For shopping malls, CBRE noted that EV chargers are becoming more common, with landlords providing charging facilities for electric vehicles belonging to tenants, employees and shoppers.
“From landlords’ perspective, providing electric vehicle charging points can increase customers’ dwell time while boosting spending,” CBRE said.
“Given that charging an electric vehicle usually takes at least half an hour, owners of electric vehicles will seek out locations providing a wide range of entertainment options to occupy their time while they wait,” it added.
Similarly, CBRE emphasized the strong potential for fast chargers in industrial and logistics facilities.
“Compared to other types of commercial real estate, occupiers of logistics facilities have stronger demand for DC (direct current) fast charging due to vehicles’ bigger battery sizes and less idle time for charging,” CBRE said, adding that heavy-duty trucks for long-haul travel will require extra on-the-road fast charging points along key transportation infrastructure.
The report also highlighted the need for more EV chargers in transport hubs.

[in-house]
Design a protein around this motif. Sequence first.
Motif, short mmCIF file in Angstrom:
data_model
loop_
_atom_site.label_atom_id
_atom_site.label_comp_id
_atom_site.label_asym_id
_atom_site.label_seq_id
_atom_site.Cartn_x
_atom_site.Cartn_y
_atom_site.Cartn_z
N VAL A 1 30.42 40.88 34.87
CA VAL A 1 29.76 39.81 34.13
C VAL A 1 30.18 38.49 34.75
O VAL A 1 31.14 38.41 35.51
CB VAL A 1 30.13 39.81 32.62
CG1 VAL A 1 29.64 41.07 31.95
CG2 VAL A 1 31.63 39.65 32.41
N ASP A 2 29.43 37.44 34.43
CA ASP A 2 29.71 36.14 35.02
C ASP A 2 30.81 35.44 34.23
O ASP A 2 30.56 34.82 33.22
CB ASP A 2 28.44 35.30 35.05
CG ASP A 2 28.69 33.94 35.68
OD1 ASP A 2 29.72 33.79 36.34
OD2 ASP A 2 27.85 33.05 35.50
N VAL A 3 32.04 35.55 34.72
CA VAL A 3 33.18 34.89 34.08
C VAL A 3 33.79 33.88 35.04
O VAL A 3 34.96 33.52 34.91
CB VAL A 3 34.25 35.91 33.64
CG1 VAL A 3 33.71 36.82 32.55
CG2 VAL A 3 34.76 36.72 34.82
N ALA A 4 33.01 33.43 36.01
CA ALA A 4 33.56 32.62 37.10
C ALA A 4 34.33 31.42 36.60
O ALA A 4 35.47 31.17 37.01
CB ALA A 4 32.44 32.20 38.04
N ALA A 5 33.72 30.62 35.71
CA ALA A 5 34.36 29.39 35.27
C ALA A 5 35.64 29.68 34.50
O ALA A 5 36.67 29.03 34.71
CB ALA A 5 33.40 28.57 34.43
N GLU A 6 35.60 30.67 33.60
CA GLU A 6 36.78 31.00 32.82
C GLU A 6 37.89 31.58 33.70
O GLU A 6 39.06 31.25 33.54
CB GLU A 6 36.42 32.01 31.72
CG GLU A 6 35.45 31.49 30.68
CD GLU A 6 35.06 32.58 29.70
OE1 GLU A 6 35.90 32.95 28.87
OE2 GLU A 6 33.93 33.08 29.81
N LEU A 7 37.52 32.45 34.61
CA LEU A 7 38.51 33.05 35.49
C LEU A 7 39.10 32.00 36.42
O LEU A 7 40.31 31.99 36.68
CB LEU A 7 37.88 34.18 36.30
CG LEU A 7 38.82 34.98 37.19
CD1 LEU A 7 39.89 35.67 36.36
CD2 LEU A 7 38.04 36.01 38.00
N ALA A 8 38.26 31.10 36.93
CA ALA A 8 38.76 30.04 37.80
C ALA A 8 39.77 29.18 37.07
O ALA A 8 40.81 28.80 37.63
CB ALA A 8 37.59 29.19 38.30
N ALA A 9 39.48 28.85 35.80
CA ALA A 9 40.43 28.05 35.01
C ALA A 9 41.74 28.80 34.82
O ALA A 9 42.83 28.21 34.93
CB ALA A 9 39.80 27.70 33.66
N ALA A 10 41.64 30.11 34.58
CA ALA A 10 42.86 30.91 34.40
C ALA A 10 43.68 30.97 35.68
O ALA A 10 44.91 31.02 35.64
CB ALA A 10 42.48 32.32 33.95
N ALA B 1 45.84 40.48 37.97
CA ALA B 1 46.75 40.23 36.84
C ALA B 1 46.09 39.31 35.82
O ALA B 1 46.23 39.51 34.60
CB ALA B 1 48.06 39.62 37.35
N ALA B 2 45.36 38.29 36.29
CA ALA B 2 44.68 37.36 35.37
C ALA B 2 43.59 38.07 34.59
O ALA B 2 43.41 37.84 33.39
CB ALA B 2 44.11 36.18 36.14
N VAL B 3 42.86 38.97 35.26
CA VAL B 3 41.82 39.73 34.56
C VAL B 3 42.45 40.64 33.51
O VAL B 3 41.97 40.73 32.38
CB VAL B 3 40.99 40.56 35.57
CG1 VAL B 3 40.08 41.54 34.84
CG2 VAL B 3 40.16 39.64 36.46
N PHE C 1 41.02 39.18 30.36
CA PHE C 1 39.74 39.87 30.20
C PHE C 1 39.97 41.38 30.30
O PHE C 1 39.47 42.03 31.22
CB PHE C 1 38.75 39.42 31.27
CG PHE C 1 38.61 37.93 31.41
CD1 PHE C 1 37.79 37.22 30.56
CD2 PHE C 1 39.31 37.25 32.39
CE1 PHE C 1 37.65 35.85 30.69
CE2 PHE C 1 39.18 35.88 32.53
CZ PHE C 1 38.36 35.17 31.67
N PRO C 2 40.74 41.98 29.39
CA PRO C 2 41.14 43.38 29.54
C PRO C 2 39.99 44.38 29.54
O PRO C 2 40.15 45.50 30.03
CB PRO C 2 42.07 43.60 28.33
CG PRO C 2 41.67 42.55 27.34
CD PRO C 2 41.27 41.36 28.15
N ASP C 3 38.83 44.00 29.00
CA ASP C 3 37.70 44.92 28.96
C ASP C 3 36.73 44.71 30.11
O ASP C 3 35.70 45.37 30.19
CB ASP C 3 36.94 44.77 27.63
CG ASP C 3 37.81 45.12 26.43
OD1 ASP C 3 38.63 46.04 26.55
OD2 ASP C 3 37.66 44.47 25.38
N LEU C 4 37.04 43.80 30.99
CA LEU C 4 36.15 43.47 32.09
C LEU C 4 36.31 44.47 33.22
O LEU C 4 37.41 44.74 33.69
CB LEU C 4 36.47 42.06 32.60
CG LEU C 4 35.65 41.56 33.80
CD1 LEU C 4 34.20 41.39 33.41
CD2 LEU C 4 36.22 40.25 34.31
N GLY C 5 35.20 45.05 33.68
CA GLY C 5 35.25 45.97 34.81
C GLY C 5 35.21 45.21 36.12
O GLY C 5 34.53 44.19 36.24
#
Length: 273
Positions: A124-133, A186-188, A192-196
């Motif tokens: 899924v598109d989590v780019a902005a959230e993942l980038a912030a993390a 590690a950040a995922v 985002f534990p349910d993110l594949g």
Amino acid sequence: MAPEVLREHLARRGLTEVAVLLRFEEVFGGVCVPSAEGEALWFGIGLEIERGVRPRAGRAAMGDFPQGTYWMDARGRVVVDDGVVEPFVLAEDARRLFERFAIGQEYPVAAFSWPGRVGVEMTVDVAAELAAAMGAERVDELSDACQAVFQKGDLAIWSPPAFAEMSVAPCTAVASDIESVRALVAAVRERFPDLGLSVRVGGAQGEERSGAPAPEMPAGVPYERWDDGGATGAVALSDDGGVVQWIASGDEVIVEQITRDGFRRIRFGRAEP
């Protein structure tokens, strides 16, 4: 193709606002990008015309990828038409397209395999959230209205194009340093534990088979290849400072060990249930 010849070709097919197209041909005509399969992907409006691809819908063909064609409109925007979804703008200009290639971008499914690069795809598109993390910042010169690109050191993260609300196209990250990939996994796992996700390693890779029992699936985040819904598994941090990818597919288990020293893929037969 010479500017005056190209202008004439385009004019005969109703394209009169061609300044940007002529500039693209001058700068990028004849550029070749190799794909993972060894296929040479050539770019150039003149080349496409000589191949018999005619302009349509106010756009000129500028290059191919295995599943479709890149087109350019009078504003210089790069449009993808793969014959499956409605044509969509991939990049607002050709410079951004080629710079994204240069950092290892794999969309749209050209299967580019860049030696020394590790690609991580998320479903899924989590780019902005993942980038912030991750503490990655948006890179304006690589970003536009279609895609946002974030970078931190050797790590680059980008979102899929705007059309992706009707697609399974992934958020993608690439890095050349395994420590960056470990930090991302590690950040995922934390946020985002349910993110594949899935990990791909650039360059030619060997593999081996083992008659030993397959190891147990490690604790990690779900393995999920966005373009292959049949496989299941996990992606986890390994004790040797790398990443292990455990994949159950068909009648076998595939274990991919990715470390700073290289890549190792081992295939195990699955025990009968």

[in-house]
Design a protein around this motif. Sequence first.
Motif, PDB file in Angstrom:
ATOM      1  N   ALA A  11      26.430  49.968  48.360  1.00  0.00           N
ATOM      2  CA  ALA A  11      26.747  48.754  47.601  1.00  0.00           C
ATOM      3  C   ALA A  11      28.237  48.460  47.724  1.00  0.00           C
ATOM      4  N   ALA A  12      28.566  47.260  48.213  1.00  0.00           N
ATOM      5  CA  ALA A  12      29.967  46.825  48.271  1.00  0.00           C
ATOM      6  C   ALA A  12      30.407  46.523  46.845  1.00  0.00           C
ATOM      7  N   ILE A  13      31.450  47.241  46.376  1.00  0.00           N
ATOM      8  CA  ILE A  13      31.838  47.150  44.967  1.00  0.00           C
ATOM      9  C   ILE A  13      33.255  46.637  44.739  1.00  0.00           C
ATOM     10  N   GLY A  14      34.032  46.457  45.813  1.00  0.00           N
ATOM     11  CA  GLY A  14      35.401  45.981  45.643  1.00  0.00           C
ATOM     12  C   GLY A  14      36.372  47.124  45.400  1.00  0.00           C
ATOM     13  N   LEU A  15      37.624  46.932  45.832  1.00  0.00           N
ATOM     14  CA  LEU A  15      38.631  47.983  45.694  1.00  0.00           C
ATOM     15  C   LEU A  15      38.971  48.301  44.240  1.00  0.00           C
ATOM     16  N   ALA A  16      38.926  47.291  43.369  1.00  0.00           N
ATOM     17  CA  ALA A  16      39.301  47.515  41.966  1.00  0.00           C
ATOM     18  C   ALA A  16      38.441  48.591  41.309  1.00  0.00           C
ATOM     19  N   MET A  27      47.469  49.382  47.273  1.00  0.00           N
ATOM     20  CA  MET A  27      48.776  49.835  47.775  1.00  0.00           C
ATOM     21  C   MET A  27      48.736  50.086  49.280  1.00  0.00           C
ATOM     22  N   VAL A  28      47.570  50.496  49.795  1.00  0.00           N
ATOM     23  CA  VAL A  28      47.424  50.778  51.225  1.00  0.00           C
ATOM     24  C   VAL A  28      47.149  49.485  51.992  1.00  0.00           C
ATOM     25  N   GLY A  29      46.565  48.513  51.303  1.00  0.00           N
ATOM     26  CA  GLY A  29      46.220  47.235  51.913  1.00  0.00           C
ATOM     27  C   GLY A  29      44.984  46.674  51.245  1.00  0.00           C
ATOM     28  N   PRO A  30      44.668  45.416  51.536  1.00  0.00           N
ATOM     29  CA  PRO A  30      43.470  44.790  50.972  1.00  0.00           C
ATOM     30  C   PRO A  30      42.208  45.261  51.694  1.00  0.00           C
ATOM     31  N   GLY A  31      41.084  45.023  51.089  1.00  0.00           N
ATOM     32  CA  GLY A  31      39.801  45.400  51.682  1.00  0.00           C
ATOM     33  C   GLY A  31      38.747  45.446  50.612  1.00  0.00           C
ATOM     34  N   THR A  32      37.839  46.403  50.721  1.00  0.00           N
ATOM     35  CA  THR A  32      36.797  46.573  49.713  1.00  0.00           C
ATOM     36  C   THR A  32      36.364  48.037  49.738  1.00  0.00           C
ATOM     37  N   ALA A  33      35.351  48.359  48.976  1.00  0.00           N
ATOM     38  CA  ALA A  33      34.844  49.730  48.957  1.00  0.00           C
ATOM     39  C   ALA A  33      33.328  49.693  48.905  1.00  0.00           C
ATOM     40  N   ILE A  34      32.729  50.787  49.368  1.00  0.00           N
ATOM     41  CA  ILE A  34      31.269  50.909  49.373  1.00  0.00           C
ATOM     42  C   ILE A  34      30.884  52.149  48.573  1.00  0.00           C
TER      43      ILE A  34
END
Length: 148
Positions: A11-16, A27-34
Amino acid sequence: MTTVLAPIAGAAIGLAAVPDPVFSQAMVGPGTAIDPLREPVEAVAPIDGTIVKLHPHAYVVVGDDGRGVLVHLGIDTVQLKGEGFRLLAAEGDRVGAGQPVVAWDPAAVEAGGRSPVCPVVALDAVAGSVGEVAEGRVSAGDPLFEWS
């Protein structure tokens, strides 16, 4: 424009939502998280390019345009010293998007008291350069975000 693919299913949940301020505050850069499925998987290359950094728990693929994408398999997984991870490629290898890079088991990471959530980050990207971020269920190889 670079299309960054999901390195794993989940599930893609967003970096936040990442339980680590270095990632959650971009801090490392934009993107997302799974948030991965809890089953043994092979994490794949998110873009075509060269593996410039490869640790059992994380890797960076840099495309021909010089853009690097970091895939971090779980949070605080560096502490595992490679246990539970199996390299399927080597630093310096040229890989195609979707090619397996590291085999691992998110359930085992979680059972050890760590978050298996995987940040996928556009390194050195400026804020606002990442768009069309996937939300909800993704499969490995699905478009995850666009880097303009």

“CBRE expects motorway service stations to undergo a transformation far beyond just adding electric vehicle chargers and/or hydrogen fuel to their offering,” the real estate service firm said.
“Owing to the time taken to charge their cars, users of electric vehicles spend longer periods of time at service stations and have therefore come to expect a more comprehensive retail and leisure offering. Better seating areas and upgraded F&B options will be essential to attracting and retaining consumers,” it added.
Challenges in installing EV infra
With the demand for public EV vehicle chargers now taking off, CBRE recommends landlords and investors to formulate strategies to expedite the installation of charging points in their portfolios.
“In addition to constraints on building specifications, landlords and investors must consider a range of potential risks,” CBRE said.